- Use a condom the right way every time you have sex; condoms are highly effective at preventing HIV and other sexually transmitted diseases (STDs) such as gonorrhea and chlamydia. Use a lubricant to help keep condoms from breaking or slipping during sex.
- Or choose abstinence—not having sex at all.
- Never share needles, syringes, or other injection equipment; use clean new equipment every time.
- If your partner has HIV, encourage that person to seek, and maintain, treatment.
- Get tested and treated for HIV and other STDs—if you have another STD, you are more likely to contract HIV.
#5 HIV Testing Is Easy—and Could Save Lives
The CDC recommends that everyone between the ages of 13–64 be tested for HIV at least once, as part of routine care with a healthcare provider. And, of course, any individual who feels they may have been exposed to the human immunodeficiency virus should take action and be tested as soon as possible, to protect themselves and those with whom they’re intimate.
Testing is not difficult—it can even be performed using an at-home HIV test kit available from a pharmacy; although not as dependable as an HIV blood test, this can serve as a good first step. For the most reliable results, consult a medical professional or find a testing center near you to complete bloodwork.
- If bloodwork returns an HIV-positive test result, treatment can begin immediately to slow any negative impact to the immune system.
- Patients who have had a known exposure, but test negative, will repeat the test a few weeks later. In the early days of infection, false negatives are possible since the virus takes three to four weeks to be detectable by testing, so a follow-up test is advisable.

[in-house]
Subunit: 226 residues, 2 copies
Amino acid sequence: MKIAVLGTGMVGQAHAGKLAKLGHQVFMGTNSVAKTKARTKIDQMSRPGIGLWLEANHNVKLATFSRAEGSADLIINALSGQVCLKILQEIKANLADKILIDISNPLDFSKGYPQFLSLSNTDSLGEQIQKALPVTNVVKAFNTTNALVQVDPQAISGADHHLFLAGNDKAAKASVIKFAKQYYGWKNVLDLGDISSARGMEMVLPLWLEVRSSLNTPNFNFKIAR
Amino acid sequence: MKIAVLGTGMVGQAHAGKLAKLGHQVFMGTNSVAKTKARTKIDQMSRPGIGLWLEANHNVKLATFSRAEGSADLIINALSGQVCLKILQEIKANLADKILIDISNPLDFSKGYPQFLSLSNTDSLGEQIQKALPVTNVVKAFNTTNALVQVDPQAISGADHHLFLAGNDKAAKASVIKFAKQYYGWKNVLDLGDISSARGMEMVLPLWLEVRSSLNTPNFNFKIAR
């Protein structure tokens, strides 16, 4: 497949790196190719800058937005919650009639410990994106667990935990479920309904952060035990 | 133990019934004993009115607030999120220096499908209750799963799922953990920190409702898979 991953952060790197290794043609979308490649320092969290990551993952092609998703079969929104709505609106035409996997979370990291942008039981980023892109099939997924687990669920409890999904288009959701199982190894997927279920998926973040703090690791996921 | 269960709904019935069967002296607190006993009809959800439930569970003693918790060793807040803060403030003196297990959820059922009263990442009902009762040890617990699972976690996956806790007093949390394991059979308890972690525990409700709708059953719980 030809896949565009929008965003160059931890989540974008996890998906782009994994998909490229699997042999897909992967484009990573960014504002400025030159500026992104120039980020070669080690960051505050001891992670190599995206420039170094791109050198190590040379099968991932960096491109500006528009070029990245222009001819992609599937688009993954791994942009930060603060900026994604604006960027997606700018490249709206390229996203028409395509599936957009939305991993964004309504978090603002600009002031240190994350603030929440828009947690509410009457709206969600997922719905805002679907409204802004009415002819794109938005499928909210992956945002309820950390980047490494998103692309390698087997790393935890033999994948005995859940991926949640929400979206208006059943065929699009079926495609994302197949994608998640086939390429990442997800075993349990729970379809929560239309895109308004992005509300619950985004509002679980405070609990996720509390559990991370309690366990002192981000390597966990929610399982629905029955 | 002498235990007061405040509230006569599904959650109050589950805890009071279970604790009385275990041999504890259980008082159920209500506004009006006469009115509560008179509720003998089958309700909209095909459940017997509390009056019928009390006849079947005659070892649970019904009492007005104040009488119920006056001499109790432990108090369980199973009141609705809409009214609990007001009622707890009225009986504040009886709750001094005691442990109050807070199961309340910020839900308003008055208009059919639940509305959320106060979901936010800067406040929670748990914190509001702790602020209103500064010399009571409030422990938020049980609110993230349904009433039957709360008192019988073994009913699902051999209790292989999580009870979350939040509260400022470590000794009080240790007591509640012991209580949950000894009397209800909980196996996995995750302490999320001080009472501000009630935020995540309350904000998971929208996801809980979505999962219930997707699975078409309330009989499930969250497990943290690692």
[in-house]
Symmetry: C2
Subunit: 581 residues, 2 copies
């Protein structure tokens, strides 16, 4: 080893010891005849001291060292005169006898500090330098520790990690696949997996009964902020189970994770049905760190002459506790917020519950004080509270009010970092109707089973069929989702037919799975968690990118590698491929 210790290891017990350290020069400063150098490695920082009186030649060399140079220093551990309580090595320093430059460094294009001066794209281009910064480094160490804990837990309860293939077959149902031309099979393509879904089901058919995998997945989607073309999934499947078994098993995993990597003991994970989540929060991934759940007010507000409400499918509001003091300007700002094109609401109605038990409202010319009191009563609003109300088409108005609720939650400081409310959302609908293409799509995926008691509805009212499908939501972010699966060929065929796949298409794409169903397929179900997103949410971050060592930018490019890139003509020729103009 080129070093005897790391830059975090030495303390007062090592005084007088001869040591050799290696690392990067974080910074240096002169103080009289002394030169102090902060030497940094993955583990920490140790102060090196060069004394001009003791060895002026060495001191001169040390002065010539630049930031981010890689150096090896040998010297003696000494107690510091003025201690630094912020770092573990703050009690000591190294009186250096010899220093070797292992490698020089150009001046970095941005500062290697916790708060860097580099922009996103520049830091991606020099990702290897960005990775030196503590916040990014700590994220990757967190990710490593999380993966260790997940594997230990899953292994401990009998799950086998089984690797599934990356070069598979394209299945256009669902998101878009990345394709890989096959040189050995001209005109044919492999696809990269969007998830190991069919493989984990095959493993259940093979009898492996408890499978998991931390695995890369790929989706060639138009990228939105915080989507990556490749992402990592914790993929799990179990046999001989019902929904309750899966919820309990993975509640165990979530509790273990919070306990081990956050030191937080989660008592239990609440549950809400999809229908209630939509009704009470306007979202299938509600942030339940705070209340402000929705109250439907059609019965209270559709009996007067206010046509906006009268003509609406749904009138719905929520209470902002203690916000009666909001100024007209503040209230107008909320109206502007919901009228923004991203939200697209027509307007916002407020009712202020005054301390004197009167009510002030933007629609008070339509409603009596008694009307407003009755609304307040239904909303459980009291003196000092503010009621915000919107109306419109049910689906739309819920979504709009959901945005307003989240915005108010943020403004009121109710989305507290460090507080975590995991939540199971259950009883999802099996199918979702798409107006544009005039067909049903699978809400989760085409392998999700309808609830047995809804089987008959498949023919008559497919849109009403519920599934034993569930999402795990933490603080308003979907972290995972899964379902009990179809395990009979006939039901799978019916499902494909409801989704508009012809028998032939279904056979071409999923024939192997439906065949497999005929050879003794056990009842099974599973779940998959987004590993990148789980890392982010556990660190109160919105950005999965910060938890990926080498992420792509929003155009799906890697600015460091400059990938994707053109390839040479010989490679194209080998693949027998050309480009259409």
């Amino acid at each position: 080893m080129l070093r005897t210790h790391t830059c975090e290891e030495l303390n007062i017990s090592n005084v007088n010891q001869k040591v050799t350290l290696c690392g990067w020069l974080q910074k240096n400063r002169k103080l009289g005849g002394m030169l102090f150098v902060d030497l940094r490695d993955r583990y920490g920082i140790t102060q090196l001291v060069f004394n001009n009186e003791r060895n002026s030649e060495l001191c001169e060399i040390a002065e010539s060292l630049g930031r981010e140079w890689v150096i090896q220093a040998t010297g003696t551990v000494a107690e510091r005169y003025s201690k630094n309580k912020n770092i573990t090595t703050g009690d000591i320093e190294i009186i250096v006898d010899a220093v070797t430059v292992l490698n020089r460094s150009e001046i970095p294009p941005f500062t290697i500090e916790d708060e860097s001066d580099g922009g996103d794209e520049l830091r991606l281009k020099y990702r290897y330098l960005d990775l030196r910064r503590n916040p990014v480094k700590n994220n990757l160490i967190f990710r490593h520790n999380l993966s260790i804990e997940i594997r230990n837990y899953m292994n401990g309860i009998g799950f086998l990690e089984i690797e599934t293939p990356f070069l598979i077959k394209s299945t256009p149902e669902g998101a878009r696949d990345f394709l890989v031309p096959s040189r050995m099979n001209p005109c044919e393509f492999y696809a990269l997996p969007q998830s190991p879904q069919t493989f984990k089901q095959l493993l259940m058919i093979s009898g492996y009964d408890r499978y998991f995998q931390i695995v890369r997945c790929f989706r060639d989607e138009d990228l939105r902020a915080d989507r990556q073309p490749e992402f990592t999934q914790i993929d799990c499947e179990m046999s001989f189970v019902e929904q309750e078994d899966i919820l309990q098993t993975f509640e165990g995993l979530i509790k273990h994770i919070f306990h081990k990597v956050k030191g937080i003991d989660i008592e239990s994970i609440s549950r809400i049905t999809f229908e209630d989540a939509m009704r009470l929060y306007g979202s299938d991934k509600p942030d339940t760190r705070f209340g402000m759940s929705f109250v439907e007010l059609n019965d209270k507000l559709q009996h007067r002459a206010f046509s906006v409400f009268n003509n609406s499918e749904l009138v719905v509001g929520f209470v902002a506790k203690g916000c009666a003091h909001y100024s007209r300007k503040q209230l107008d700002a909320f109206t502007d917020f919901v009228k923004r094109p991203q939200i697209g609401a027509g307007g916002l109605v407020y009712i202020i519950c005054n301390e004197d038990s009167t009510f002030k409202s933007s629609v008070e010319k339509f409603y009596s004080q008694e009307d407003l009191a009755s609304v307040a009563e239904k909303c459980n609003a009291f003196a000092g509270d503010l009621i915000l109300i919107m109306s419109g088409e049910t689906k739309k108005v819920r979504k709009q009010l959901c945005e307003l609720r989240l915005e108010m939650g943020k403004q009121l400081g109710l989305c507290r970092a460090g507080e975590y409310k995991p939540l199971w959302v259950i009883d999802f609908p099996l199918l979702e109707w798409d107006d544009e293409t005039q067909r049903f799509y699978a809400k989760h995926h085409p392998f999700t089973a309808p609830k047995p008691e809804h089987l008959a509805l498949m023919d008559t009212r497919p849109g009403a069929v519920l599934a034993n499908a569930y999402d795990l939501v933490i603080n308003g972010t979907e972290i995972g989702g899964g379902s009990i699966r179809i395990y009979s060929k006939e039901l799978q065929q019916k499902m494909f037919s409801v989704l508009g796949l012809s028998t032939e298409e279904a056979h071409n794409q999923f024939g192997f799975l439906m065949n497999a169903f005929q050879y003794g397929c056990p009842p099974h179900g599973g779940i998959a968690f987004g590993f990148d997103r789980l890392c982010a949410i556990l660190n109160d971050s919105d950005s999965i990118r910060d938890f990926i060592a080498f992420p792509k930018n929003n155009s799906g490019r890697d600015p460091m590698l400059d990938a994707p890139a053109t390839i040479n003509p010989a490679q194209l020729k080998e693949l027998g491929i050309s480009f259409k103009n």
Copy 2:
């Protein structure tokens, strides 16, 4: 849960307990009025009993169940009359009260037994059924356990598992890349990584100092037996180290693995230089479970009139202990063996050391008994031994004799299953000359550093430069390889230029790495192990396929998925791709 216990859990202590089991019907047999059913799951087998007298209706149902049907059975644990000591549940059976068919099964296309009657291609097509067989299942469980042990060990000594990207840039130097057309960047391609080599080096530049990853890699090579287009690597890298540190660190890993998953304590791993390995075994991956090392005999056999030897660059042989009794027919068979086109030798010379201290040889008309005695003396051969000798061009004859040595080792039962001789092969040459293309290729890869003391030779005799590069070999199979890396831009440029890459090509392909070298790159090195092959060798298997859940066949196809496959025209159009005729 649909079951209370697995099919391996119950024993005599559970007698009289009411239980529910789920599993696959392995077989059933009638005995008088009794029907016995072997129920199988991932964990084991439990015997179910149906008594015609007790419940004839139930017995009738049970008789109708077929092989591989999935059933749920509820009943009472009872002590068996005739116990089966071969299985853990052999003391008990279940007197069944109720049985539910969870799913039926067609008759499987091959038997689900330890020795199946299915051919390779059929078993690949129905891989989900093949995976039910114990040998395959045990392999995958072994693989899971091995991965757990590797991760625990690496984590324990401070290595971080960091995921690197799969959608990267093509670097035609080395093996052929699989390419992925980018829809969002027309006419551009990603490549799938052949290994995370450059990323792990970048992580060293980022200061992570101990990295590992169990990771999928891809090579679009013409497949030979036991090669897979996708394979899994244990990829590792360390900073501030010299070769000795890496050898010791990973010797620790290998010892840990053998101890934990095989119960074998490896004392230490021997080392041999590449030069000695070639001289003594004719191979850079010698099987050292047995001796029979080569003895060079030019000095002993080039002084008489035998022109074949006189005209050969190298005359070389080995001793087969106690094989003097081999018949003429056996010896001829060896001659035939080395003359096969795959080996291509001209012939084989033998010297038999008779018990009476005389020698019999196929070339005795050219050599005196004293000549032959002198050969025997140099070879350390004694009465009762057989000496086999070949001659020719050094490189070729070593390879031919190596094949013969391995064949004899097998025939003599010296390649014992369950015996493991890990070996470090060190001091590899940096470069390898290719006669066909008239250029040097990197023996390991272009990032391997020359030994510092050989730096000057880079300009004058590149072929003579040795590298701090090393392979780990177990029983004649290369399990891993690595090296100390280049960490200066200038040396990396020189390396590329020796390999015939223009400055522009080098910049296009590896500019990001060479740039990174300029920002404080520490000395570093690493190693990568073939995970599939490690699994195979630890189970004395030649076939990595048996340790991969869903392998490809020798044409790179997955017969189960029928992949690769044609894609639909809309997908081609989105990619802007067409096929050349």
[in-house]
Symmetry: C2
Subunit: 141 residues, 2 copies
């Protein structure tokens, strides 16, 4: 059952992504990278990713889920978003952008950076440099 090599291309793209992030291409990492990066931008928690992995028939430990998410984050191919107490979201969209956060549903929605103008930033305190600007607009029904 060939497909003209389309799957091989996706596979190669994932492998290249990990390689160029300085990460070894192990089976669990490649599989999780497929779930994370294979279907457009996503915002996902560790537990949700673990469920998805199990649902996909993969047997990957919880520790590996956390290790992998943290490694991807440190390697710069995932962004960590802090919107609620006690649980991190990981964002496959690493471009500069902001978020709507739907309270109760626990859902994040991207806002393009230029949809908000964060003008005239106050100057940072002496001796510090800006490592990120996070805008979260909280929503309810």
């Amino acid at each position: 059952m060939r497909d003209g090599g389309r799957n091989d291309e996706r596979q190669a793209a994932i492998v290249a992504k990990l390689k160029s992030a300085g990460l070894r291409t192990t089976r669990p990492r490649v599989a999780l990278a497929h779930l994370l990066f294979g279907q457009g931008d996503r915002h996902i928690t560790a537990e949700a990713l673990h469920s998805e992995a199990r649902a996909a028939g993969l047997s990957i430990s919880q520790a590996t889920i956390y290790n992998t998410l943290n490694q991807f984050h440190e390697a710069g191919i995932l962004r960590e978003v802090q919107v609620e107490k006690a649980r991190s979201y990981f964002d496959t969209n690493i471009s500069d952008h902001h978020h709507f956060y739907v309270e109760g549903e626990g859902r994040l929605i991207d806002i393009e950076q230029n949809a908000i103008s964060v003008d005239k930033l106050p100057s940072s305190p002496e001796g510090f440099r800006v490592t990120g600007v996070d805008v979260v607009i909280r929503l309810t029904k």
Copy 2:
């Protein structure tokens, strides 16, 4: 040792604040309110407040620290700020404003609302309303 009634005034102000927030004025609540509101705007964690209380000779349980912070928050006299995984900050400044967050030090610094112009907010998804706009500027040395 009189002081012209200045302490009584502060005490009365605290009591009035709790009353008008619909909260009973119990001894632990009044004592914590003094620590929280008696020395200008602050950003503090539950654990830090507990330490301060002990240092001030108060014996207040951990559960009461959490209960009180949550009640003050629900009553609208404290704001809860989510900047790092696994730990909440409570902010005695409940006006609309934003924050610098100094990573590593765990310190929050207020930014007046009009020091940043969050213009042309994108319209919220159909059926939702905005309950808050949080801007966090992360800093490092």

Individuals at high risk should request testing at least once each year. In addition, pre-exposure prophylaxis (PrEP)—a single pill taken once daily—can help prevent infection for those who regularly engage in high-risk activities such as anal sex. Although it does not provide complete protection, it can serve as a valuable precaution when used in combination with other safeguards.
#6 Early Treatment Delivers Positive Outlooks
With effective drugs, ready access to testing, and highly available information on how to prevent the spread of this virus, we have all the components needed to reduce the transmission rate of human immunodeficiency virus.
The good news for those infected with HIV: early treatment can deliver a promising outcome. The sooner we start treatment, the better the chance of reducing the viral load before an individual becomes very sick.
With over 20 approved drugs for HIV and AIDS (most requiring a dosage of just one pill a day), physicians have a number of effective choices depending on the patient’s physical condition and medical needs. We generally tailor a combination of medications to the patient—for example, Truvada, which combines emtricitabine and tenofovir disoproxil. Because HIV can sometimes become resistant to medications, the many available options allow the patient’s healthcare professional to vary the regimen when needed.
It’s important for patients in treatment to stick with their scheduled treatments, to protect themselves and those with whom they come in contact.
HIV Care at MedStar Washington Hospital Center
In addition to tailored treatment programs, we provide several helpful services to our patients: Because HIV increases the risk of cervical cancer, our nurse practitioner helps women (who represent about half of our HIV patients) to get the specialty care they need. Our social worker can help patients overcome any barriers to care; our pharmacy tech assists with prescriptions and finding lower cost medicines. We can also provide patients with access to behavioral health support as needed.
Today, patients with HIV can live a nearly normal life when we start treatment early. And the more patients we diagnose and treat, the more we all protect others in the community. So, if you are in a high-risk group or believe you may have been exposed to HIV, don’t hesitate to reach out to your healthcare provider or local testing center.
National HIV Testing Day is June 27!